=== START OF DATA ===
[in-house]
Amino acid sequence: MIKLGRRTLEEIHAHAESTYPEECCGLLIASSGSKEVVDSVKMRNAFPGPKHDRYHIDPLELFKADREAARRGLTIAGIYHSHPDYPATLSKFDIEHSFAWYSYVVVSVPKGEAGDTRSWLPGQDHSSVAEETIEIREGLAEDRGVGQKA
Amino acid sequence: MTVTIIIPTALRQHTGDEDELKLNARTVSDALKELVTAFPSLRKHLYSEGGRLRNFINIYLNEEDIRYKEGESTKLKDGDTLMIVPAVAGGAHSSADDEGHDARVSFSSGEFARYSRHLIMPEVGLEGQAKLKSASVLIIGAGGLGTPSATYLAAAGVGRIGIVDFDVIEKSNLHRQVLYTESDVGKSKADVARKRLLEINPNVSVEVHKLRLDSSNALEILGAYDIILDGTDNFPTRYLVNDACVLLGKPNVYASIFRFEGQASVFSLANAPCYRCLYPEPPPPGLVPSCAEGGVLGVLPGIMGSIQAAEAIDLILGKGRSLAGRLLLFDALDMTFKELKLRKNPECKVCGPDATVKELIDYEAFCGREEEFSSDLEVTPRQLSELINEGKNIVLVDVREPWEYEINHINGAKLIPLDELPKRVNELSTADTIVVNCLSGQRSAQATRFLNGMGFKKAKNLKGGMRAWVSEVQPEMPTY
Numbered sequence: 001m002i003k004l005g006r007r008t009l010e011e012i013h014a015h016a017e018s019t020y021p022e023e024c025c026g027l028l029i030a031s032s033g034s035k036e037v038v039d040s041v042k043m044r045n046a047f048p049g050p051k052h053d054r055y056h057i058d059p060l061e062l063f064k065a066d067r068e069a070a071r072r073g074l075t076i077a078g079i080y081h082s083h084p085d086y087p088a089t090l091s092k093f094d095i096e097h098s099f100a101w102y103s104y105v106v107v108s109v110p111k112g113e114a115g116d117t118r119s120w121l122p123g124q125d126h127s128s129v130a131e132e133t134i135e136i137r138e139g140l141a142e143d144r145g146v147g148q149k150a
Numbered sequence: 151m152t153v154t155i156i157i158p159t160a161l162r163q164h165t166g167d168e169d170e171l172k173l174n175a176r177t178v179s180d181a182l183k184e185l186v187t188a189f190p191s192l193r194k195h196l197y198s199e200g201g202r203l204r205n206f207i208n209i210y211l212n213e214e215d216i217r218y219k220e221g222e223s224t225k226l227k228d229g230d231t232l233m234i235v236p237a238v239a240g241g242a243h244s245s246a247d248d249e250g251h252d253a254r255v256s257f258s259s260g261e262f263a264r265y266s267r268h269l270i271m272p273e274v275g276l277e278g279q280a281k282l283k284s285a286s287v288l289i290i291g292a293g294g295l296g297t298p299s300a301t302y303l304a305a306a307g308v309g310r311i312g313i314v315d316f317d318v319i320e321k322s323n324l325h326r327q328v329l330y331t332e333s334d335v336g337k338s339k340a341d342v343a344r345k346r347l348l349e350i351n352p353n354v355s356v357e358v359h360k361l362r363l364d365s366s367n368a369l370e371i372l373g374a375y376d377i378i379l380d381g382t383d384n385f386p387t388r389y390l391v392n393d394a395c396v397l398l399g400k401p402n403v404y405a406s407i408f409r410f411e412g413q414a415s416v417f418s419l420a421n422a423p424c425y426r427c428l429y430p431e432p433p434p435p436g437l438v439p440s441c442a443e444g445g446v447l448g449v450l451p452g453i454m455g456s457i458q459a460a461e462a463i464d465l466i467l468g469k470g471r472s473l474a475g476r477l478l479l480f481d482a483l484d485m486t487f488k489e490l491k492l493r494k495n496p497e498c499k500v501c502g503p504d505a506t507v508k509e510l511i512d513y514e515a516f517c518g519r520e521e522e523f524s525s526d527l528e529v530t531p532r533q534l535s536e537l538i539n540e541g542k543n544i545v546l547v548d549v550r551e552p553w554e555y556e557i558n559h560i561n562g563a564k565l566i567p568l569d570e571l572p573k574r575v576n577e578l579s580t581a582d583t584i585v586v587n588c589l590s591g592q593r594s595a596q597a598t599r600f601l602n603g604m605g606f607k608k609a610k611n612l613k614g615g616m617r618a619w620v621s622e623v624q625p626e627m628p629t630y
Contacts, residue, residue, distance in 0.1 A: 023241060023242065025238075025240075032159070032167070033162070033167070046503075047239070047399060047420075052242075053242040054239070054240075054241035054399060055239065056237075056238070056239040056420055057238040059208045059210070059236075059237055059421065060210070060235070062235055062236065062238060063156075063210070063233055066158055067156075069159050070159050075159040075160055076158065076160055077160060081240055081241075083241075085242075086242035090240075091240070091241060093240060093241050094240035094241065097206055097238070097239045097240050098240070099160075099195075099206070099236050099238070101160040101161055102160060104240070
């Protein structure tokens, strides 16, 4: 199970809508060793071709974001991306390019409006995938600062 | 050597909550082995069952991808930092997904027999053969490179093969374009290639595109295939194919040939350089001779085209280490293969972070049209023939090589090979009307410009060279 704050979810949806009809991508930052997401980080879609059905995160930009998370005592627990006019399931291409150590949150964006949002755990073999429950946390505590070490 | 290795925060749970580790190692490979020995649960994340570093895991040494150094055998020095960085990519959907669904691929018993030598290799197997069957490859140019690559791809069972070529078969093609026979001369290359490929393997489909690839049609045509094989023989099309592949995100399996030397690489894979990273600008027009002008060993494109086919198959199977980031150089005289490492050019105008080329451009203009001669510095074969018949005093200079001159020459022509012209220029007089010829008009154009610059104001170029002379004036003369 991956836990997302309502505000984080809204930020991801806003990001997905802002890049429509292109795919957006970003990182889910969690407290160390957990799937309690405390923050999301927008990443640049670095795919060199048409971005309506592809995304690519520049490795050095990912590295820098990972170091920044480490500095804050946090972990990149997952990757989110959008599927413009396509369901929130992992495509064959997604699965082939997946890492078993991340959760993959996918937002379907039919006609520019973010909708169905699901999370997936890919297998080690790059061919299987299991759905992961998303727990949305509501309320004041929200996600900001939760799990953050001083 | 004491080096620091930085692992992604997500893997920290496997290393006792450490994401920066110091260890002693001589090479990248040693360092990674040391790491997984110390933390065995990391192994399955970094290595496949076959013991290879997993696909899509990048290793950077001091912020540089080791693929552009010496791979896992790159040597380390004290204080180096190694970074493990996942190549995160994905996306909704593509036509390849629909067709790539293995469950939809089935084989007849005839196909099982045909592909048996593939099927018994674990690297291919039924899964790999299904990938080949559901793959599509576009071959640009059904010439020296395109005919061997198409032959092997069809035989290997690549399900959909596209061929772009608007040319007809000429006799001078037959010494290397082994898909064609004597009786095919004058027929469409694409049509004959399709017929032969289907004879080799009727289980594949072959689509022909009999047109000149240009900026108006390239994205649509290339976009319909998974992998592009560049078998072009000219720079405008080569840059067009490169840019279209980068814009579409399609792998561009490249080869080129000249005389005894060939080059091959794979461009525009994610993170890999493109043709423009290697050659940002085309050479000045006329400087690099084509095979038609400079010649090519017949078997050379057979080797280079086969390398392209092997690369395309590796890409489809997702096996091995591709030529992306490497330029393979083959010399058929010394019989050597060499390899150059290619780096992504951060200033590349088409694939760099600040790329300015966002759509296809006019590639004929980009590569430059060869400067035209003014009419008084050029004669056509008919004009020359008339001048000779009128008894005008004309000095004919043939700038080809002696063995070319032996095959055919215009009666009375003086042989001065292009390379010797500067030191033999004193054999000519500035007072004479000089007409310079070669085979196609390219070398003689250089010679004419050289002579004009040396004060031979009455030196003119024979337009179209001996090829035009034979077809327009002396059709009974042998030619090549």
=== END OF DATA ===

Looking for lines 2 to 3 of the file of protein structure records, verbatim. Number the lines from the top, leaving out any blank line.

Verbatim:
Amino acid sequence: MIKLGRRTLEEIHAHAESTYPEECCGLLIASSGSKEVVDSVKMRNAFPGPKHDRYHIDPLELFKADREAARRGLTIAGIYHSHPDYPATLSKFDIEHSFAWYSYVVVSVPKGEAGDTRSWLPGQDHSSVAEETIEIREGLAEDRGVGQKA
Amino acid sequence: MTVTIIIPTALRQHTGDEDELKLNARTVSDALKELVTAFPSLRKHLYSEGGRLRNFINIYLNEEDIRYKEGESTKLKDGDTLMIVPAVAGGAHSSADDEGHDARVSFSSGEFARYSRHLIMPEVGLEGQAKLKSASVLIIGAGGLGTPSATYLAAAGVGRIGIVDFDVIEKSNLHRQVLYTESDVGKSKADVARKRLLEINPNVSVEVHKLRLDSSNALEILGAYDIILDGTDNFPTRYLVNDACVLLGKPNVYASIFRFEGQASVFSLANAPCYRCLYPEPPPPGLVPSCAEGGVLGVLPGIMGSIQAAEAIDLILGKGRSLAGRLLLFDALDMTFKELKLRKNPECKVCGPDATVKELIDYEAFCGREEEFSSDLEVTPRQLSELINEGKNIVLVDVREPWEYEINHINGAKLIPLDELPKRVNELSTADTIVVNCLSGQRSAQATRFLNGMGFKKAKNLKGGMRAWVSEVQPEMPTY